The supporting cast of Carolyn and Ray were like visiting old friends I hadn't realized I missed. I thought the various heists were believably done and weren't bogged down with unnecessary details. Like I said earlier, I was in the dark for most of the book, which is what I look for in a mystery.

I guess that's all I have to say. Bernie Rhodenbarr has moved up a few notches in my esteem and I guess I'll be filling in the gaps in my Burglar reading pretty soon. Four easy stars!

View all my reviews


It - Stephen King
In 1958, seven kids took it upon themselves to rid the town of Derry of a child killer that took the form of a killer clown. In 1985, the clown is back and the kids return to Derry to finish what they started...

Yeah, I'm a couple decades late to the party on this one. So what? Some friends were doing a group read and I decided it was time to tackle this kitten squisher.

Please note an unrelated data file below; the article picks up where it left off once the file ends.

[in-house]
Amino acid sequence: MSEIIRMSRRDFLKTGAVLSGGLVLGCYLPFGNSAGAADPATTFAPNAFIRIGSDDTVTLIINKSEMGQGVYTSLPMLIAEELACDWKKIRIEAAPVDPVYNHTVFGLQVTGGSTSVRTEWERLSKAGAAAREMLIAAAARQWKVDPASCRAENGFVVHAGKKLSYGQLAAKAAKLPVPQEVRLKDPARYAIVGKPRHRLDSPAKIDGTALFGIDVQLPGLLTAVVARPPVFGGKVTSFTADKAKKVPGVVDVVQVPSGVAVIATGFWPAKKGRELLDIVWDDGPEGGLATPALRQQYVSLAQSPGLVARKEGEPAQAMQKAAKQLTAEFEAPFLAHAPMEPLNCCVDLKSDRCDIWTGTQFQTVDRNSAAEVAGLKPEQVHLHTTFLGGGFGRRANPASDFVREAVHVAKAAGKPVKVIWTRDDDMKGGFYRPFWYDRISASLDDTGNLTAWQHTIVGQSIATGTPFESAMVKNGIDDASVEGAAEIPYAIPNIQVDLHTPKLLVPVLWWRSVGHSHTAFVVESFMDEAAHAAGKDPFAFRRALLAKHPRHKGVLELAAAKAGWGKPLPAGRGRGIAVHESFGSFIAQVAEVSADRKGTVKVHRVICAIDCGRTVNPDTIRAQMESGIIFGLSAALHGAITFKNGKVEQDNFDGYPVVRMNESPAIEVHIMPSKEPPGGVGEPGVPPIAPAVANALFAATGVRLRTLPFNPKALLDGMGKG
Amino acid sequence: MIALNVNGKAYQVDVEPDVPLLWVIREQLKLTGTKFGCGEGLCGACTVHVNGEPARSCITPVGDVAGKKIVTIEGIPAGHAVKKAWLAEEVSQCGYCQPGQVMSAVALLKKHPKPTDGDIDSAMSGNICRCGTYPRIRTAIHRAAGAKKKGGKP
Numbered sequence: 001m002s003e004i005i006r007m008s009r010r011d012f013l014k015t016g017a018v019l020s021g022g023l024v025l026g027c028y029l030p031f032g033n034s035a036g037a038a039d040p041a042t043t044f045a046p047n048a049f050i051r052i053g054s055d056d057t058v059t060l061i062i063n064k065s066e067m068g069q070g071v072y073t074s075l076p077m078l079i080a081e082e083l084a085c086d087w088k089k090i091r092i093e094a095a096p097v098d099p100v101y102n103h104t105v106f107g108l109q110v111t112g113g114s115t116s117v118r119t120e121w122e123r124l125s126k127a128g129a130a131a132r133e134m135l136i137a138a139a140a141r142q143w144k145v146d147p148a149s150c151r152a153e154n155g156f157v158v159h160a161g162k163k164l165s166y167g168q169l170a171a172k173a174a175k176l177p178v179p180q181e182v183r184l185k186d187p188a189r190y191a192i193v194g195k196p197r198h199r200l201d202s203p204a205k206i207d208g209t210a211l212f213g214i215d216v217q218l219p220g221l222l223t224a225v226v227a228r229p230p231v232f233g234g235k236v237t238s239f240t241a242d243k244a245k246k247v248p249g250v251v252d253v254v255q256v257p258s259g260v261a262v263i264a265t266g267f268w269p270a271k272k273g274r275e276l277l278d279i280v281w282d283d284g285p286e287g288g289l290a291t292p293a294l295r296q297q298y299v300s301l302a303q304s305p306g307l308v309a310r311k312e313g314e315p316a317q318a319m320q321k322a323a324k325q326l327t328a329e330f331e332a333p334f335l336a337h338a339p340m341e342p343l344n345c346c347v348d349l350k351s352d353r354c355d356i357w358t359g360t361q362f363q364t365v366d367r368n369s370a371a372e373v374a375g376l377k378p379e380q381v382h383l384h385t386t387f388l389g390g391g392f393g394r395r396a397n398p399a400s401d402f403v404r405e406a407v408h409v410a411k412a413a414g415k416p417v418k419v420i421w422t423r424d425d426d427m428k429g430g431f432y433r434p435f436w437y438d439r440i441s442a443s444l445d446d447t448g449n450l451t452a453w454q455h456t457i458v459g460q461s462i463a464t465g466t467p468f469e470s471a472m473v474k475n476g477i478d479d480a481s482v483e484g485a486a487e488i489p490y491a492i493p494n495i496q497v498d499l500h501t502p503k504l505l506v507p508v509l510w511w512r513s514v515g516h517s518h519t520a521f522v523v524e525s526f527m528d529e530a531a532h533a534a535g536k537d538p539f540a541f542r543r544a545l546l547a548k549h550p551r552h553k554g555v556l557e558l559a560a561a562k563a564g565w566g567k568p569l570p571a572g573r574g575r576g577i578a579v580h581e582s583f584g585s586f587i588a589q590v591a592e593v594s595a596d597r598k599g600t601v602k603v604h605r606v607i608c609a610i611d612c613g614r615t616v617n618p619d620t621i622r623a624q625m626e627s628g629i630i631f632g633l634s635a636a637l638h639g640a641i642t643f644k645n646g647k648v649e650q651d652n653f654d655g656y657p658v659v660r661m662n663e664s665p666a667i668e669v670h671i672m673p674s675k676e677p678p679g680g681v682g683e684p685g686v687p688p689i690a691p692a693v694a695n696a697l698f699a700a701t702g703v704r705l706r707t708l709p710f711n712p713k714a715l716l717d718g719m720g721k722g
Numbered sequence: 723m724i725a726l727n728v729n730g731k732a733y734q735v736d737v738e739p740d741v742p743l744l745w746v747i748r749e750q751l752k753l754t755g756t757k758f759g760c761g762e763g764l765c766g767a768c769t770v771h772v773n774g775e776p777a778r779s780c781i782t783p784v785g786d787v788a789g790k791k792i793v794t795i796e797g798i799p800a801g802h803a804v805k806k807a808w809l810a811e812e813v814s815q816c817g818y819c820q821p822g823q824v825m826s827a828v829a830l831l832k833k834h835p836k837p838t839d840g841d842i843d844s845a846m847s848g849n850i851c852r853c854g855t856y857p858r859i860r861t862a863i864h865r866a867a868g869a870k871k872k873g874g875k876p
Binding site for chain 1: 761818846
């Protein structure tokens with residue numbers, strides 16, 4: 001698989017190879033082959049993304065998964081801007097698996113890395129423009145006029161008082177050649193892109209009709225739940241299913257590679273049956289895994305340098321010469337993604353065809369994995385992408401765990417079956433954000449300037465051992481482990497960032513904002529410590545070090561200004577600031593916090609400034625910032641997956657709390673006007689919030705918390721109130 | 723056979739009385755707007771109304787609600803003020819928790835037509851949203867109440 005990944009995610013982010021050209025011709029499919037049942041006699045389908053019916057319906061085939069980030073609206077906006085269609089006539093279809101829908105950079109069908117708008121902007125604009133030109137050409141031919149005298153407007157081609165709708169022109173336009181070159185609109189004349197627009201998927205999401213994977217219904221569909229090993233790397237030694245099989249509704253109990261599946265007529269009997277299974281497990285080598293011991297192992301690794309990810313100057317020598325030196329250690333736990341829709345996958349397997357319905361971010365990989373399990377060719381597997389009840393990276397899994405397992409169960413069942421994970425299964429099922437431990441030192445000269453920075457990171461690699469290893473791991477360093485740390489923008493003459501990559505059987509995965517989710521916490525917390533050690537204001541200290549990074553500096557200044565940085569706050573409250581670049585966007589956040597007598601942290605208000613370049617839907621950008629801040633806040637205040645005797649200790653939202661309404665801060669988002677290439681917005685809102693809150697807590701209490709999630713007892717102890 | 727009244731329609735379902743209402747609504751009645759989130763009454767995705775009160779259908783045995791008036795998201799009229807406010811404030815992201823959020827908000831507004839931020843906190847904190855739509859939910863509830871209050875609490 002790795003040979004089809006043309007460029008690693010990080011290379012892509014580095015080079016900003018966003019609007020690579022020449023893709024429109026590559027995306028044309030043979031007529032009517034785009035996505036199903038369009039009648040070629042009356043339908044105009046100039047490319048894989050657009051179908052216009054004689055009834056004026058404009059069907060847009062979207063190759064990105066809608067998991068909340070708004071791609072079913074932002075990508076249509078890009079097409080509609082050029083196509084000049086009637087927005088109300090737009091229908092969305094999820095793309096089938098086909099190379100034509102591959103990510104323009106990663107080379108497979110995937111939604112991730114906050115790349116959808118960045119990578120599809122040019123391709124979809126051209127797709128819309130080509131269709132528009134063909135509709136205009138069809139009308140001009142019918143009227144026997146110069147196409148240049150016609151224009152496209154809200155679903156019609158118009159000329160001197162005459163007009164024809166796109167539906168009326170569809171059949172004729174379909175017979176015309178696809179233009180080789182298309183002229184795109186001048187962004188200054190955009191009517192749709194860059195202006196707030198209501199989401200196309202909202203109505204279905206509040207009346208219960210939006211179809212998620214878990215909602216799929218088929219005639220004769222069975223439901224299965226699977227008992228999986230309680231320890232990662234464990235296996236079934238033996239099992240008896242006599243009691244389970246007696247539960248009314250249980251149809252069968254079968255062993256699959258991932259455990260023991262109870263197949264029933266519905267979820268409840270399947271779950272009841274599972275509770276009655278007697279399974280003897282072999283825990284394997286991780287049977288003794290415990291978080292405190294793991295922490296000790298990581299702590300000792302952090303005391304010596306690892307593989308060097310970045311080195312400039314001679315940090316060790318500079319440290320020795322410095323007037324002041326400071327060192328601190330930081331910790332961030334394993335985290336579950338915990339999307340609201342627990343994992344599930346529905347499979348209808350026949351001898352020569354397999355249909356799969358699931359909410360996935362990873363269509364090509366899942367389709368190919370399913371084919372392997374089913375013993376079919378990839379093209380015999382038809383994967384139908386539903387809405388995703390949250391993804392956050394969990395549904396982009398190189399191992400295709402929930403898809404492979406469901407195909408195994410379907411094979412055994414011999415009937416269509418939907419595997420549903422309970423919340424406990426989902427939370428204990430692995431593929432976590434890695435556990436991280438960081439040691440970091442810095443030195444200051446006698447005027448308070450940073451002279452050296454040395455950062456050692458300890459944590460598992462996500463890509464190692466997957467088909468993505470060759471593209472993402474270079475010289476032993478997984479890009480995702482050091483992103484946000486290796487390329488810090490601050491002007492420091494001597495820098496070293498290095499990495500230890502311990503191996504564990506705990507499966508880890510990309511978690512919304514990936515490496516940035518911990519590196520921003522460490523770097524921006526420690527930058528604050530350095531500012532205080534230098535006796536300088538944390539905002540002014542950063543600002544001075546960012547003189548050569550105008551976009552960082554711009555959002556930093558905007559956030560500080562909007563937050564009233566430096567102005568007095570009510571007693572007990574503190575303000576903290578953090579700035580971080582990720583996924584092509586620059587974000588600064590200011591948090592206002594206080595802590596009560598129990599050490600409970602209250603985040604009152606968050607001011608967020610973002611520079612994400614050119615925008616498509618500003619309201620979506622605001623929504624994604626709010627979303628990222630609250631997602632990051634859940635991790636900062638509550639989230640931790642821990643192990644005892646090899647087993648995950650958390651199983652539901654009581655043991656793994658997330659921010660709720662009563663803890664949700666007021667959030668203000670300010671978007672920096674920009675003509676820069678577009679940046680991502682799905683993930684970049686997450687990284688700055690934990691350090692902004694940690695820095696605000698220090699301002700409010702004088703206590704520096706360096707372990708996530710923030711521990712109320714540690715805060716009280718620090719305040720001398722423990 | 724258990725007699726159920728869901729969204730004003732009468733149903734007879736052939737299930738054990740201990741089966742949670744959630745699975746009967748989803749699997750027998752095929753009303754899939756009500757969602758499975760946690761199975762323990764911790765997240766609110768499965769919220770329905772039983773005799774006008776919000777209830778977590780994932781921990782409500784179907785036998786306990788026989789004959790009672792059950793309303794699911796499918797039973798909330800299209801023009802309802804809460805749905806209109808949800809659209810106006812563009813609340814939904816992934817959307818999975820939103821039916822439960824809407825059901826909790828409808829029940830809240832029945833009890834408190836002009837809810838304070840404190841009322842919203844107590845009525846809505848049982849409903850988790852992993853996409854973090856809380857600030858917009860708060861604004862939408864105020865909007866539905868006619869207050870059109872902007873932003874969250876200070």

While it's a horror story, it's also about growing up and forgetting what it's like to be a kid. Stephen King does a great job at reminding me what it was like to hear noises in the night and fearing some monster is coming for you. In fact, It is the third Stephen King novel I've dreamed about while reading it, right up there with The Tommyknockers and the Dark Tower.

The characters play well off each other and feel very real. It was all too easy to imagine playing in the barrens with the Losers or running from Henry Bowers and his gang.

Having seen the mediocre TV miniseries from 1990, I was surprised by everything that was lost in translation. Lots more Pennywise in this, for one thing, and there was a lot more to the ending. As I've said in other reviews, even though I knew how things were going to turn out, King still had me on edge during some of the tense moments.

In some ways, It felt like a trial run of some concepts that found their way into the Dark Tower. The kids were definitely a Ka-Tet and felt Gunslingerish. Also, the Turtle of amazing girth upon whose shell he holds the earth.